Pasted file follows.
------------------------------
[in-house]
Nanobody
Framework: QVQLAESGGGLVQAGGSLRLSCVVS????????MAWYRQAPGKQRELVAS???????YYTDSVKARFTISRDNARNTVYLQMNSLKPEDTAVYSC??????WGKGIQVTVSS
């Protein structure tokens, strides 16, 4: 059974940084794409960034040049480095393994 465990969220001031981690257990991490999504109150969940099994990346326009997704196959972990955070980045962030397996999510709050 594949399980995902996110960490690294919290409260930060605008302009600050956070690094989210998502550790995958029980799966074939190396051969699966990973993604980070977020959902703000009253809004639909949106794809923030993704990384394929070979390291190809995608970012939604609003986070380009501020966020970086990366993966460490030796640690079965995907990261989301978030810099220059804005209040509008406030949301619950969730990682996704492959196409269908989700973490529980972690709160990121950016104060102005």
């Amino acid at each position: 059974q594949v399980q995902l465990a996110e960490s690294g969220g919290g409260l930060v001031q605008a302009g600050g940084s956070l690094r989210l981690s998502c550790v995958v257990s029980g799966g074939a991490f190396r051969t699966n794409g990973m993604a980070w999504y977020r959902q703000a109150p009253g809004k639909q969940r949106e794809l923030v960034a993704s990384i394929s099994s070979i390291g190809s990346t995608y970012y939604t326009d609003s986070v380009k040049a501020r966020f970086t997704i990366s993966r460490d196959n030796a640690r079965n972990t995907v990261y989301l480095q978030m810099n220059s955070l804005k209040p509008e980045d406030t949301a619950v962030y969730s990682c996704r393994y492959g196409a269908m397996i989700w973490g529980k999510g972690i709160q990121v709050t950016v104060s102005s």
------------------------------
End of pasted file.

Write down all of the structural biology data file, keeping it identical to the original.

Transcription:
[in-house]
Nanobody
Framework: QVQLAESGGGLVQAGGSLRLSCVVS????????MAWYRQAPGKQRELVAS???????YYTDSVKARFTISRDNARNTVYLQMNSLKPEDTAVYSC??????WGKGIQVTVSS
């Protein structure tokens, strides 16, 4: 059974940084794409960034040049480095393994 465990969220001031981690257990991490999504109150969940099994990346326009997704196959972990955070980045962030397996999510709050 594949399980995902996110960490690294919290409260930060605008302009600050956070690094989210998502550790995958029980799966074939190396051969699966990973993604980070977020959902703000009253809004639909949106794809923030993704990384394929070979390291190809995608970012939604609003986070380009501020966020970086990366993966460490030796640690079965995907990261989301978030810099220059804005209040509008406030949301619950969730990682996704492959196409269908989700973490529980972690709160990121950016104060102005």
């Amino acid at each position: 059974q594949v399980q995902l465990a996110e960490s690294g969220g919290g409260l930060v001031q605008a302009g600050g940084s956070l690094r989210l981690s998502c550790v995958v257990s029980g799966g074939a991490f190396r051969t699966n794409g990973m993604a980070w999504y977020r959902q703000a109150p009253g809004k639909q969940r949106e794809l923030v960034a993704s990384i394929s099994s070979i390291g190809s990346t995608y970012y939604t326009d609003s986070v380009k040049a501020r966020f970086t997704i990366s993966r460490d196959n030796a640690r079965n972990t995907v990261y989301l480095q978030m810099n220059s955070l804005k209040p509008e980045d406030t949301a619950v962030y969730s990682c996704r393994y492959g196409a269908m397996i989700w973490g529980k999510g972690i709160q990121v709050t950016v104060s102005s």